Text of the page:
The Sword-Edged Blonde CD-ROM – Audiobook, MP3 Audio
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"Bledsoe's genre-blending first novel is both stylish and self-assured: Raymond Chandler meets Raymond E. Feist." - Publishers Weekly, starred review." --Publishers Weekly --This text refers to an out of print or unavailable edition of this title.
About the Author
Alex Bledsoe grew up in west Tennessee. He now lives in Wisconsin. --This text refers to an out of print or unavailable edition of this title.
Top customer reviews
I really appreciated the balance author Alex Bledsoe achieved between the light and humorous and the dark and heavy aspects of this novel. Child murder is not easily associated with a novel that makes me laugh out loud so I was pleased that the author kept those two aspects so firmly apart. This is the first book in the series and I enjoyed it so much I've already bought more. The most recent book will be released soon, He Drank, and Saw the Spider (Eddie Lacrosse), and I am looking forward to reading that one too.
Eddie LaCrosse is a slightly tarnished PI and Sword Jockey for hire with a reputation for discretion and detection. Eddie gets called home after nearly twenty years away to investigate the hideous crimes leveled against the Queen in the mutilation and murder of her only child. So begins Eddie's quest to find out if the queen is guilty or innocent. A quest that takes him back over his earlier life before a tragic event changed his life forever.
Please don't let the title of this book "The Sword-Edged Blonde" deter you in the purchase of this well writen and engaging adventure story. This book is a real page turner.
This is a fantasy book with much wry humour and a contemporary feel. Very much a fantasy setting with a blend of fairy story/fable at the edges. But it is a light easy and fun read. As we follow the trail of mystery solving we learn about our sword jockey hero and his back-story while meeting a variety of interesting characters.
There are Fantasy PI type stories out there, but this one stands out as being refreshingly different and great fun to read.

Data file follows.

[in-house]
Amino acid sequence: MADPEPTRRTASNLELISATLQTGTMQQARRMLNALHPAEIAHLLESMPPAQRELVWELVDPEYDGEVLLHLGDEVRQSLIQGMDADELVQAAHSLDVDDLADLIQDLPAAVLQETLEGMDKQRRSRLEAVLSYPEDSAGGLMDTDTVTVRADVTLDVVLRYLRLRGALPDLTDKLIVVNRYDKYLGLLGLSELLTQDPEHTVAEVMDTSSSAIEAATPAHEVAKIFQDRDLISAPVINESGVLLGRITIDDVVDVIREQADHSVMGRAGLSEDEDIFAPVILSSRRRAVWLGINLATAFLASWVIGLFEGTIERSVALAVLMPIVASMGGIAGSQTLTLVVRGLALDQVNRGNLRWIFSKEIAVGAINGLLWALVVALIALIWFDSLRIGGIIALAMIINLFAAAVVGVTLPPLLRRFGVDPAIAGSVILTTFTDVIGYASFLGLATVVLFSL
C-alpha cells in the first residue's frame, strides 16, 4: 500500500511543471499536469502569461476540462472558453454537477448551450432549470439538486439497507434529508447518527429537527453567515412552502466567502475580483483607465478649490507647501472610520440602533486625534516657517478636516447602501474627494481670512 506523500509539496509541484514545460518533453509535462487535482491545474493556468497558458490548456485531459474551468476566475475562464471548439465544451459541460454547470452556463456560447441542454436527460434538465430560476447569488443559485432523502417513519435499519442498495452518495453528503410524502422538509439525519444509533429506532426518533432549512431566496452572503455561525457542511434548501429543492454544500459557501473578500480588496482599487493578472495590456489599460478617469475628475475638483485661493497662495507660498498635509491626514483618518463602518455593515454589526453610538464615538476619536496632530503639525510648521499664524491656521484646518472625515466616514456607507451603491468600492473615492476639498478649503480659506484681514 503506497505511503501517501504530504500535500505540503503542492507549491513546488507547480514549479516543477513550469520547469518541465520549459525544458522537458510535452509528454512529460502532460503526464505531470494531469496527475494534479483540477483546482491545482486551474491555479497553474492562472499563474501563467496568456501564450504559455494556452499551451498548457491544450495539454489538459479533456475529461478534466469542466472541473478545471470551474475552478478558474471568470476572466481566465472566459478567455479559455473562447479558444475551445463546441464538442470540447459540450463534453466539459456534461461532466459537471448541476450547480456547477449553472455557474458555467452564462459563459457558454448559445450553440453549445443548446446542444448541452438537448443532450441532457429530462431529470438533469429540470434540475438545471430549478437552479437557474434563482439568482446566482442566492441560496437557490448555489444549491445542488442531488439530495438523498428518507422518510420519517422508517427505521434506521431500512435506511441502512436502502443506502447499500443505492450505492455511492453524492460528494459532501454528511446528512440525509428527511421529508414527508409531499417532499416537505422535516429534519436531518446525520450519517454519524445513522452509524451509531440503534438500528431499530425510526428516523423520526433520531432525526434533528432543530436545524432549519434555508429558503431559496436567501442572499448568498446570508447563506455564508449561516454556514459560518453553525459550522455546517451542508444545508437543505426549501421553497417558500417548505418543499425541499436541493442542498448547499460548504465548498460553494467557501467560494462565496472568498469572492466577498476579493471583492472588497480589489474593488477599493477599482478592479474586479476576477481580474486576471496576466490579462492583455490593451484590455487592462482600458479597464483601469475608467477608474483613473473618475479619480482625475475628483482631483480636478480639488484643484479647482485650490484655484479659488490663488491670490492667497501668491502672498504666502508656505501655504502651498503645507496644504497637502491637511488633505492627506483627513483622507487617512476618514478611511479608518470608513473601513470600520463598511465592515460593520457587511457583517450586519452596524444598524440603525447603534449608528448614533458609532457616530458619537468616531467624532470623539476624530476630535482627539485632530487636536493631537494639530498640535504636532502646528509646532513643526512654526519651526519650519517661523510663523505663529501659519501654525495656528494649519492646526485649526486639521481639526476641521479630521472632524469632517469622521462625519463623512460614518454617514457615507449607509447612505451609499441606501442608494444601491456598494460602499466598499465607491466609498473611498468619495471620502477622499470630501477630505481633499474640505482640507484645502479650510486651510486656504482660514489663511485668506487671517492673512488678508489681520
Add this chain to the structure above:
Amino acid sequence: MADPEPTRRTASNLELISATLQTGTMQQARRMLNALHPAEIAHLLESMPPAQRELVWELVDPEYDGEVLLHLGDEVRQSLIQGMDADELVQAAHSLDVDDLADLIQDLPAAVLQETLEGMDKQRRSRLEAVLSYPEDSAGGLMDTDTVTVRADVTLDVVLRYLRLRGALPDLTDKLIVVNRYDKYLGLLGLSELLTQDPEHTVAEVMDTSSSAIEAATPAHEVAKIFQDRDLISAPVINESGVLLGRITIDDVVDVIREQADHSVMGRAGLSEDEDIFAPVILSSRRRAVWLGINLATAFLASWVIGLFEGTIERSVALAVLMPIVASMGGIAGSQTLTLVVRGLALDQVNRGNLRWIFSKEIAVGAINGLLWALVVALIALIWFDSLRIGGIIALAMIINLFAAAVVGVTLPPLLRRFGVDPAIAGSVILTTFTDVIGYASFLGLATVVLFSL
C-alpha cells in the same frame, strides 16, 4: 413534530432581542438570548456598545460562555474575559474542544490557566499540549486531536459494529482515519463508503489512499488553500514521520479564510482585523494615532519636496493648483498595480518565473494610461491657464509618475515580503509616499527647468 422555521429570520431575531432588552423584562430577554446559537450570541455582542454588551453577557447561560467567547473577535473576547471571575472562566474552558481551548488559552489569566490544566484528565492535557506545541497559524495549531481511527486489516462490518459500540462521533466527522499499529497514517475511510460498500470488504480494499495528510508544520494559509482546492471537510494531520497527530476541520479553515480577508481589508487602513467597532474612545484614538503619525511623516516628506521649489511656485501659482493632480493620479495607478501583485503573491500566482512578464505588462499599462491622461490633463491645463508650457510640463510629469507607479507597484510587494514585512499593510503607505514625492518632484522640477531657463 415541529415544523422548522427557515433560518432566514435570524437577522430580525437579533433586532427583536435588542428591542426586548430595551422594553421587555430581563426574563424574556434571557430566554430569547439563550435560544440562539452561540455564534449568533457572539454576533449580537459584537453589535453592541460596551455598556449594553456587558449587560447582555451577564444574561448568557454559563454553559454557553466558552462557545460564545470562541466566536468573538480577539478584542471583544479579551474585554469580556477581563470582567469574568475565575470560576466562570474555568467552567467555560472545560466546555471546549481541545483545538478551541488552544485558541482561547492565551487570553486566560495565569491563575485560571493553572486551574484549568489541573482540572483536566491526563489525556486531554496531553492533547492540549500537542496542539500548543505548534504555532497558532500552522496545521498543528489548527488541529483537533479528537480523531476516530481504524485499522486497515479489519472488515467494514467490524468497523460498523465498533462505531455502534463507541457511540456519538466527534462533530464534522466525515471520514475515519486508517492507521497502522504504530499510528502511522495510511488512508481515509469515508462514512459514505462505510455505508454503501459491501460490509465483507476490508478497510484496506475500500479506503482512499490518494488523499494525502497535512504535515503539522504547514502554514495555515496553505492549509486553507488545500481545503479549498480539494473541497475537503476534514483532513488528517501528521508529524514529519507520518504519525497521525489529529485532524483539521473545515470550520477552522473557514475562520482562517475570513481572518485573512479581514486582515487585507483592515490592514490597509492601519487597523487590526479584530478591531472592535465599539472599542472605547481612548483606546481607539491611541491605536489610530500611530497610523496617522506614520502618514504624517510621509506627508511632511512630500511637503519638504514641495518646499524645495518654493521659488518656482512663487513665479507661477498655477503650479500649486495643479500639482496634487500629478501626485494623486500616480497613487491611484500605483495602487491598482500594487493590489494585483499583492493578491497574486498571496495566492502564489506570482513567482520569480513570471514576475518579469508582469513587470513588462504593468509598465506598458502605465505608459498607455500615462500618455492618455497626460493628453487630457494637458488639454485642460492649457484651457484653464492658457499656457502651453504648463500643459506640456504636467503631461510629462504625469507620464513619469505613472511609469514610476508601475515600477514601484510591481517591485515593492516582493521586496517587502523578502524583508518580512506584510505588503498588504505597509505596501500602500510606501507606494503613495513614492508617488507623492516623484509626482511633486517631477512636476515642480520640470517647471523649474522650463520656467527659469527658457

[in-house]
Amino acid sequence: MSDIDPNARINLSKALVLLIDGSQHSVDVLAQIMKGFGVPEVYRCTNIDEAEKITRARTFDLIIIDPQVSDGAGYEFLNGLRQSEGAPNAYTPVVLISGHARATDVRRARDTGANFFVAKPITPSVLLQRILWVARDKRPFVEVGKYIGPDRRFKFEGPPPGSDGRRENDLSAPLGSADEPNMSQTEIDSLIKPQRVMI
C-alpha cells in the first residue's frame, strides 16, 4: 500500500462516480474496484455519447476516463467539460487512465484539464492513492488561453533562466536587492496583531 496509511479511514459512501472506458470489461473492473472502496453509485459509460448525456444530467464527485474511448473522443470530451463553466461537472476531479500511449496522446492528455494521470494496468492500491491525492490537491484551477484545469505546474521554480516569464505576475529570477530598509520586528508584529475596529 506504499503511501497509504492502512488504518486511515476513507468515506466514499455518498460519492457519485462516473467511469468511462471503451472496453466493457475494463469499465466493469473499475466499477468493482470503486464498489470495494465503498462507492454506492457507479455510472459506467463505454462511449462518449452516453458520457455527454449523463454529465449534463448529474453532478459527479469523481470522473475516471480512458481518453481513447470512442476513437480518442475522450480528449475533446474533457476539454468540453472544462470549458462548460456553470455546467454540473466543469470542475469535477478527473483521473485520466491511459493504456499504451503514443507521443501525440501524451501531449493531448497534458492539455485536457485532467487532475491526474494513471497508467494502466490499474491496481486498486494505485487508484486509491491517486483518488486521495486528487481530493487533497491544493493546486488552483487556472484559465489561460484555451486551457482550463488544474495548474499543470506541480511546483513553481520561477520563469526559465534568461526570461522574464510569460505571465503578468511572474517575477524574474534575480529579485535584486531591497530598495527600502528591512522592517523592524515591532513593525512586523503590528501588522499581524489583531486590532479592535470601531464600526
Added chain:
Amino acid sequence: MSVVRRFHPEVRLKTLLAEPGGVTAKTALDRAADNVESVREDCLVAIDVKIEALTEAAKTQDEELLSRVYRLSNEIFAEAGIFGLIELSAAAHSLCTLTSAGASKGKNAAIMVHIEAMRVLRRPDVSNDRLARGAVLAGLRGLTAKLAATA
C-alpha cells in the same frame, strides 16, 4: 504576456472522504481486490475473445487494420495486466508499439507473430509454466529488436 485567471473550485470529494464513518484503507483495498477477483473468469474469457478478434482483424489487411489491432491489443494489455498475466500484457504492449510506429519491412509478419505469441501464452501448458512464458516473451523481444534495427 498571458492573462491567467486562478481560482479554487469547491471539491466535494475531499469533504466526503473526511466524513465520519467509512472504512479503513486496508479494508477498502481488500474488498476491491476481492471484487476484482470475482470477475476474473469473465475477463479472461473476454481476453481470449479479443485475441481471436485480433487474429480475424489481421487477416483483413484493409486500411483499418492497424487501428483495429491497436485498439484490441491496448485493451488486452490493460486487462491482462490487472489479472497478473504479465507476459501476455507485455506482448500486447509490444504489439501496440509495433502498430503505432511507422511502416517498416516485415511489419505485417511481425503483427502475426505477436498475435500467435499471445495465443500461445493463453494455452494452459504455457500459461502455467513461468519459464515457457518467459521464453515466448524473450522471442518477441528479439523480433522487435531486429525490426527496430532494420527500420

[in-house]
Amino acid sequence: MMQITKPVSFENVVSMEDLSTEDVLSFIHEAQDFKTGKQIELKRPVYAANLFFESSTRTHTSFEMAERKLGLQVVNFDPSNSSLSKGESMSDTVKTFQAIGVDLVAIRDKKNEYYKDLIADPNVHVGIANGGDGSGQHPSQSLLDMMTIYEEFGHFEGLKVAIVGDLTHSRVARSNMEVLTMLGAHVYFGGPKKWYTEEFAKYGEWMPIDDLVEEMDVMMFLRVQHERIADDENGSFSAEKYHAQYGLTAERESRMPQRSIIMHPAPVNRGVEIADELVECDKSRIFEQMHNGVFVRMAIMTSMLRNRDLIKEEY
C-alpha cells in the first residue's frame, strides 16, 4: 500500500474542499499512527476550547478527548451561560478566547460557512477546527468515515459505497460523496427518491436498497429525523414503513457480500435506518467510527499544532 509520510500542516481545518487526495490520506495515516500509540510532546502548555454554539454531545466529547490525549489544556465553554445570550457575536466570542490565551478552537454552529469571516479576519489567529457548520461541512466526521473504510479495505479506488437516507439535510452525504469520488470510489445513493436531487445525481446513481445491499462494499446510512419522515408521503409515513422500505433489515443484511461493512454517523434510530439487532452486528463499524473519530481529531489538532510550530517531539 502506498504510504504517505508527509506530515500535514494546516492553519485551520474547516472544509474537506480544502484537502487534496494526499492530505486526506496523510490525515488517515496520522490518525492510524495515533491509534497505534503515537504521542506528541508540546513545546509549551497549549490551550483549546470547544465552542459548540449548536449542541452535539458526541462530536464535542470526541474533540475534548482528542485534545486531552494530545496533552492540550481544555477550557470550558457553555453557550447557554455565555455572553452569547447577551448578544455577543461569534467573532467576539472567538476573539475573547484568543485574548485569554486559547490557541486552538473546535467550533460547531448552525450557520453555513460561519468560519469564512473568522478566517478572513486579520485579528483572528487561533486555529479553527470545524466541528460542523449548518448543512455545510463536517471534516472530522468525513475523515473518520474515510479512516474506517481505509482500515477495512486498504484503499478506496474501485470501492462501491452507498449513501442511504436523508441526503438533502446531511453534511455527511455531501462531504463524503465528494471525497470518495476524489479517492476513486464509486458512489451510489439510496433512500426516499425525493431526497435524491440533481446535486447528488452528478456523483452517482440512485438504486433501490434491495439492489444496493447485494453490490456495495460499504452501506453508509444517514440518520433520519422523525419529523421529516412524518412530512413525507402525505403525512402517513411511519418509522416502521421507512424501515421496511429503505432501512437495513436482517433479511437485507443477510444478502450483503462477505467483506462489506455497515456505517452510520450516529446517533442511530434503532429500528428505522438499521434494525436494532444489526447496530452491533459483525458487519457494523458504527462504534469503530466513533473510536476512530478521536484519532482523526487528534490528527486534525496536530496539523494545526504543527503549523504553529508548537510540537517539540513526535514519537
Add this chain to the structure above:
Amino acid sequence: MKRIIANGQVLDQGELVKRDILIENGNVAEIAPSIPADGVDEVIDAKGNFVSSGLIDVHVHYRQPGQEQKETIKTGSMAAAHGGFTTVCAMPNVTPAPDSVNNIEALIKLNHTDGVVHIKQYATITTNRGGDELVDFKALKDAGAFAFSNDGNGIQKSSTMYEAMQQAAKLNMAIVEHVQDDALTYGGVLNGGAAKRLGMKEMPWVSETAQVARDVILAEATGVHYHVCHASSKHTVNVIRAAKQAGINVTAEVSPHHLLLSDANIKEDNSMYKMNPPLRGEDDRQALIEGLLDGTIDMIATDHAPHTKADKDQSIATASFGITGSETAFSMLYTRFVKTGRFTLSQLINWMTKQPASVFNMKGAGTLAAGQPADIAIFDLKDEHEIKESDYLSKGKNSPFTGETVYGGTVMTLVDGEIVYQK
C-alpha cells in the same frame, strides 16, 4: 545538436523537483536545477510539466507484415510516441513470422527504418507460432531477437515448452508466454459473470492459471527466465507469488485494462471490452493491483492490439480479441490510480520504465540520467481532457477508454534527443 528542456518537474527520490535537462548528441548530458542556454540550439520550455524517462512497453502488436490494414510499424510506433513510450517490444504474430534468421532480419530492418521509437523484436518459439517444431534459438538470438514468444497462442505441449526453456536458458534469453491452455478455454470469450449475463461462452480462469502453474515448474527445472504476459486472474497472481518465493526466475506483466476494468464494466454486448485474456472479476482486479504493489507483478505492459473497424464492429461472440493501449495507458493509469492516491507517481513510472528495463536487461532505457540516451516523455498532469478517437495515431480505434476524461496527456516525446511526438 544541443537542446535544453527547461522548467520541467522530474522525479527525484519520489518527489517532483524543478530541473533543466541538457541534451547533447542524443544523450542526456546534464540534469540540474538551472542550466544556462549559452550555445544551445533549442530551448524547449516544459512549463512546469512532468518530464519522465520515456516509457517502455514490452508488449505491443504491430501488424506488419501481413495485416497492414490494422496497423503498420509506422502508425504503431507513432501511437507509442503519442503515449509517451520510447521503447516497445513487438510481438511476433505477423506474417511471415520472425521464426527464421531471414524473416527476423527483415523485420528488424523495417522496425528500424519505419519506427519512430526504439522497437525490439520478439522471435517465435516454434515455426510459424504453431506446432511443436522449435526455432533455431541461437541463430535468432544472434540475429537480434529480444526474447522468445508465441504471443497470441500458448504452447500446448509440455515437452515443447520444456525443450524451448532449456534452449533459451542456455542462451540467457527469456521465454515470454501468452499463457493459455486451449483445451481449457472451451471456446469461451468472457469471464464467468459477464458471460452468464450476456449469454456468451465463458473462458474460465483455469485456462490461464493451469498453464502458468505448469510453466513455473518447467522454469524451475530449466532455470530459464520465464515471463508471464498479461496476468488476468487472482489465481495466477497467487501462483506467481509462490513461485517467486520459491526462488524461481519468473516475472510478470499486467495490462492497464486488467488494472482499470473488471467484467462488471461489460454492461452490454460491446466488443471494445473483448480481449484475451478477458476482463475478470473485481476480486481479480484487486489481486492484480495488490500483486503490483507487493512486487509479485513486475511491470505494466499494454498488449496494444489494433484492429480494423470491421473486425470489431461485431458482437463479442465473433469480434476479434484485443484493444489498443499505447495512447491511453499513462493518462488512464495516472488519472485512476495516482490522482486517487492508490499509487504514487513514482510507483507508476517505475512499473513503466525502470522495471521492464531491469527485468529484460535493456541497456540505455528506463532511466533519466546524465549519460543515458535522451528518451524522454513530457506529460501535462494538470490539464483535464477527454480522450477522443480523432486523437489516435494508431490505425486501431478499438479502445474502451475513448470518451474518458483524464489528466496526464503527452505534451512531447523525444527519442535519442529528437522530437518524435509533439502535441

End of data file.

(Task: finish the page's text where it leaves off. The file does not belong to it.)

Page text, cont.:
Most helpful customer reviews on Amazon.com
Basic summation: Sword jockey and P.I. Eddie LaCrosse is asked back to his childhood home to figure out the guilt or innocence of the queen, who has been accused of murdering her child. The investigation takes him over roads that lead to terrible events in his own past.
And that's one thing that I have to acknowledge here: there is a mystery, and it's there on every page. It even comes complete with clues, suspects, and a past history that's guaranteed to blow your mind because Bledsoe ties up every last loose end in a way that I defy readers to guess ahead of time. Actually, I guess I'm the second person to do that, because Bledsoe did it first.
I love the simplicity of the fantasy world that Bledsoe has created in the LaCrosse books. We have an old world feel, but everything is rendered in contemporary jargon. Even the names smack of the everyday world we're in now. A fantasy hero named LaCrosse? He carries swords that he describes like a gun lover would, and handles himself like a private eye of the Chandler and Hammett school of hard knocks detection.
There are a lot of twists and turns in this novel, and you're not going to see them coming. In fact, some of them streak by like bullets from a .50 caliber sniper rifle and you may find yourself backing up a few pages to catch up again. Good thing novels come with their own DVR so you can go back a few pages. Bledsoe doesn't fail in any way as a writer, he just keeps things hopping so fast that if you don't read closely, you're going to miss stuff. There's a lot of stuff in this book.